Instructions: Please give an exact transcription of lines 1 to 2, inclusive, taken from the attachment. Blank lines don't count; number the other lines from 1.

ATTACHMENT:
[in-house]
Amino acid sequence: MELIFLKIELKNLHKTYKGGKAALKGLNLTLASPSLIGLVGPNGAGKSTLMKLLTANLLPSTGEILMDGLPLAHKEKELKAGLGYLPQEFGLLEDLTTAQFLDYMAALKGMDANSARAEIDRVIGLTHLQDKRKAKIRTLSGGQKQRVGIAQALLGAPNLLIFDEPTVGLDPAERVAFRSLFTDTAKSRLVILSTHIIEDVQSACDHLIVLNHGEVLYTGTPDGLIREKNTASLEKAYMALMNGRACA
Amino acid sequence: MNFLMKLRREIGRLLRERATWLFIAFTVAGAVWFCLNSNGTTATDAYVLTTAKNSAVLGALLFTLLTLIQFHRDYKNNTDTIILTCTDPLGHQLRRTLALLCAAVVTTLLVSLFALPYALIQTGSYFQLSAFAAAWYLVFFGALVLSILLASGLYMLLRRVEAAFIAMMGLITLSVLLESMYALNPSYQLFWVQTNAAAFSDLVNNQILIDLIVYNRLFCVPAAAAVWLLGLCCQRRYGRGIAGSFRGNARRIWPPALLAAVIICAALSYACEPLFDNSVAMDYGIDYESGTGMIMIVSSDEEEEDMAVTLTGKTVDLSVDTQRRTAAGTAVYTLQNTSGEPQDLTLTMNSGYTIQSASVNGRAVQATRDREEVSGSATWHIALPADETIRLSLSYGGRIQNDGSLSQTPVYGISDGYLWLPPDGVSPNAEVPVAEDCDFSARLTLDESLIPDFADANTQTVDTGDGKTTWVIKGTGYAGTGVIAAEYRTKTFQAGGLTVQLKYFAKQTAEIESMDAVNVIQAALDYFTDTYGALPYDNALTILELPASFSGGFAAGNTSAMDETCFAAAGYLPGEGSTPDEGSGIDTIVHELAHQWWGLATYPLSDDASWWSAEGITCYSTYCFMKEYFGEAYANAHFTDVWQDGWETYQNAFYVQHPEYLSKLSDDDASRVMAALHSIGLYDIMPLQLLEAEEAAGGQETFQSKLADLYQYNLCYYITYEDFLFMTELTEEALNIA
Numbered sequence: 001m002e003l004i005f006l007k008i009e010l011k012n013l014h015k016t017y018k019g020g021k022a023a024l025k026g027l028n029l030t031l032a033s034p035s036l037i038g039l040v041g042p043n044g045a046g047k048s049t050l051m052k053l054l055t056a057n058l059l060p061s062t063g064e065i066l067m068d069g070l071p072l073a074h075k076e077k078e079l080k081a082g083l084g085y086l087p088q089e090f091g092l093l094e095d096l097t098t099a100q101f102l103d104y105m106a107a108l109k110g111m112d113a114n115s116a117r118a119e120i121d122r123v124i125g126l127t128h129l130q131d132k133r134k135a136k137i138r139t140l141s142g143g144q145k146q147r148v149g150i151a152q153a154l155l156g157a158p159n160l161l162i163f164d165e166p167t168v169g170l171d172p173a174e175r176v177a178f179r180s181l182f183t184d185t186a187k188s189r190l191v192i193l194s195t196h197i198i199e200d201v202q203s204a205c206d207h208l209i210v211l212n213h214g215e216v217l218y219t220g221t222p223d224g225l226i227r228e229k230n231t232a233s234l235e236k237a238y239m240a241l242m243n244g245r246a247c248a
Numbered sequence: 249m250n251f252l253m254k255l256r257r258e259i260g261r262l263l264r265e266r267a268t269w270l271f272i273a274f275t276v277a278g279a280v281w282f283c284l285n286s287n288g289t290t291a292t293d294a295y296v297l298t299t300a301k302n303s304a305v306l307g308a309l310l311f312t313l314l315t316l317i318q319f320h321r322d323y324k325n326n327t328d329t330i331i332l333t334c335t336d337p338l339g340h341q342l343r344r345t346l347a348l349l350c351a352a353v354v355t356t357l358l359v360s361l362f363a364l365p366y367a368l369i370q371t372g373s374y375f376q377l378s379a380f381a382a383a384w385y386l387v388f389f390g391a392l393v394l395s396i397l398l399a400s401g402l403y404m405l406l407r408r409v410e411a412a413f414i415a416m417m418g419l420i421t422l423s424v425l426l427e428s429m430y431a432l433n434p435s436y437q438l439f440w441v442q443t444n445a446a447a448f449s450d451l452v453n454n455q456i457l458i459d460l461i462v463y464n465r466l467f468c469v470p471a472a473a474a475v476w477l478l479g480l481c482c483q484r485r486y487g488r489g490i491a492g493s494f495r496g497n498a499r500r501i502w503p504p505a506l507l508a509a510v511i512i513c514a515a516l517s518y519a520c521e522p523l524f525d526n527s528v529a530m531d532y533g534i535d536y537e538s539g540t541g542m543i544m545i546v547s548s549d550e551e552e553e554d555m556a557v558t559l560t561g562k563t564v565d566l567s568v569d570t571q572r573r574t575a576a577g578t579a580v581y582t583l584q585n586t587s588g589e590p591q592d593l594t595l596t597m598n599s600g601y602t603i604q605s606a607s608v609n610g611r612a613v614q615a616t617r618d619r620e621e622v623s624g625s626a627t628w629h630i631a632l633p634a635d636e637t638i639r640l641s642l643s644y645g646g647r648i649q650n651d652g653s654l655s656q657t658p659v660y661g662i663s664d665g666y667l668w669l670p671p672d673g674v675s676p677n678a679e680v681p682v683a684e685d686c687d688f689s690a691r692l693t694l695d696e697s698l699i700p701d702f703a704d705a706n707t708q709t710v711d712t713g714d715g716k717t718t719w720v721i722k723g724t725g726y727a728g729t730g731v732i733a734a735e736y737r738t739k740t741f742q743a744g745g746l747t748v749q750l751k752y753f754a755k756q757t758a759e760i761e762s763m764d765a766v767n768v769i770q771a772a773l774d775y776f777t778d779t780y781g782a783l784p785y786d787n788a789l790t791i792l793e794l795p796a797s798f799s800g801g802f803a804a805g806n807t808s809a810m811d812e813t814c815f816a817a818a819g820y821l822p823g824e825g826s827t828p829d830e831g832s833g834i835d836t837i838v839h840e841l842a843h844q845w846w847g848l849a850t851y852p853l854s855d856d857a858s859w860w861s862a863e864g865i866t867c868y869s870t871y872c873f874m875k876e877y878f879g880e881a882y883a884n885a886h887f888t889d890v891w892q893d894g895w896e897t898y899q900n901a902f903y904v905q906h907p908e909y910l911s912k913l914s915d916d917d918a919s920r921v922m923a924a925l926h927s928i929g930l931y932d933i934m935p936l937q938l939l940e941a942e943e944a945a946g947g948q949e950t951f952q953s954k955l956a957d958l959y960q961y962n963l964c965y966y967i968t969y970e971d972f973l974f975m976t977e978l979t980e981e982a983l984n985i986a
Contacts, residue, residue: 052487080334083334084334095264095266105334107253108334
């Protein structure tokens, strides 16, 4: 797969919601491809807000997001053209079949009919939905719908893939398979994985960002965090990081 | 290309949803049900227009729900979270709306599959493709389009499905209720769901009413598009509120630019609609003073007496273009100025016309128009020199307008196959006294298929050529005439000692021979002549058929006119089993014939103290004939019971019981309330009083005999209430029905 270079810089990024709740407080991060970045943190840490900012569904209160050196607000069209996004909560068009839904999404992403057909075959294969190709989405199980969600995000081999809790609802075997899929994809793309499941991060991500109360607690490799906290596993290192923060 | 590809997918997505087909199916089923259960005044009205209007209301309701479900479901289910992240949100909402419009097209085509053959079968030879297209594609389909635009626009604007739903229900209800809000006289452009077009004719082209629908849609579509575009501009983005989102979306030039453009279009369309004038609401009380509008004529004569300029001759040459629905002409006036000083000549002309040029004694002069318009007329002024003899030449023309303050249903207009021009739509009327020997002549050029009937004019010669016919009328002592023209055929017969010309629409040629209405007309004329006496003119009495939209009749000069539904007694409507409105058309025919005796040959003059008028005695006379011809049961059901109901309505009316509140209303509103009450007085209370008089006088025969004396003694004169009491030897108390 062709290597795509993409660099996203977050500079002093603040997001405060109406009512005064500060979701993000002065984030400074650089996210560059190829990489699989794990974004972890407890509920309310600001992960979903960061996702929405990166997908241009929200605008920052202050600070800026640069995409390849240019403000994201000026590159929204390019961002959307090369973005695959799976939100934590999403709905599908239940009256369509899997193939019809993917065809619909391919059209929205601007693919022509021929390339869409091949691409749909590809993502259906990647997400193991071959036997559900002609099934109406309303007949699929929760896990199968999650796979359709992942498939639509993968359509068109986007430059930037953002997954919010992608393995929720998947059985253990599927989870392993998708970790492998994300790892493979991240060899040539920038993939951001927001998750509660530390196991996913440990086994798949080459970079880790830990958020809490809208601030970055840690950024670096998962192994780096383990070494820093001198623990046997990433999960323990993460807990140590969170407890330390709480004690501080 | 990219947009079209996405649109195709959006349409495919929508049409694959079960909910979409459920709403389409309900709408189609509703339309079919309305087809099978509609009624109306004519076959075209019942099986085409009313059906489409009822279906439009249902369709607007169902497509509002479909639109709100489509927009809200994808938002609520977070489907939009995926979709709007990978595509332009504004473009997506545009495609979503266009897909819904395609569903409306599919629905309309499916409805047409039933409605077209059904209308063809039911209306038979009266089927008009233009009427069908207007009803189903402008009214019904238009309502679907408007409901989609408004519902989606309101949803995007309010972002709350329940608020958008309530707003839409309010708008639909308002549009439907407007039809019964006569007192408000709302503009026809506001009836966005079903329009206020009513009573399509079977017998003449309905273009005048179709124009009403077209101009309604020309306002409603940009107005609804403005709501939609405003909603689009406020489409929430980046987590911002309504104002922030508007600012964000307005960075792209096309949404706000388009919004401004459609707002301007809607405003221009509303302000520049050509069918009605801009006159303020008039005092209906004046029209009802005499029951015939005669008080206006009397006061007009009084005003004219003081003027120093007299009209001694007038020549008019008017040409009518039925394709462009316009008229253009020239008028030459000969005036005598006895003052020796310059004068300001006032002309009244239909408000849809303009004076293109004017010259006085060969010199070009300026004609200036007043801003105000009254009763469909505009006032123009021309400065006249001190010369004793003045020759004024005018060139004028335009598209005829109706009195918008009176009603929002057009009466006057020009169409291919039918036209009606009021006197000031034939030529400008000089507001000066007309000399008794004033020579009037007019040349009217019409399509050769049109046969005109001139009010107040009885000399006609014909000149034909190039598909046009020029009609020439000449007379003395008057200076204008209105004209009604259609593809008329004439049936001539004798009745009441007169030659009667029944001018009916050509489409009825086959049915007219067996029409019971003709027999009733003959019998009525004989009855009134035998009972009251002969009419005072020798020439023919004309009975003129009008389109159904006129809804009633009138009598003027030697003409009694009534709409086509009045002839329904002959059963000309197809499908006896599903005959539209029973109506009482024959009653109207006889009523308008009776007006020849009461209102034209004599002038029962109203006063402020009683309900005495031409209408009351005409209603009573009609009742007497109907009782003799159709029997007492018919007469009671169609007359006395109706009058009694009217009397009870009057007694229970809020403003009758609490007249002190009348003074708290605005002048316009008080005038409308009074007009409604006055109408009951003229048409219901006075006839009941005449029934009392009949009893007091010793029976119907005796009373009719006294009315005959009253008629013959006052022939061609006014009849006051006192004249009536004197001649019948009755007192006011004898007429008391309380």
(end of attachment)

[in-house]
Amino acid sequence: MELIFLKIELKNLHKTYKGGKAALKGLNLTLASPSLIGLVGPNGAGKSTLMKLLTANLLPSTGEILMDGLPLAHKEKELKAGLGYLPQEFGLLEDLTTAQFLDYMAALKGMDANSARAEIDRVIGLTHLQDKRKAKIRTLSGGQKQRVGIAQALLGAPNLLIFDEPTVGLDPAERVAFRSLFTDTAKSRLVILSTHIIEDVQSACDHLIVLNHGEVLYTGTPDGLIREKNTASLEKAYMALMNGRACA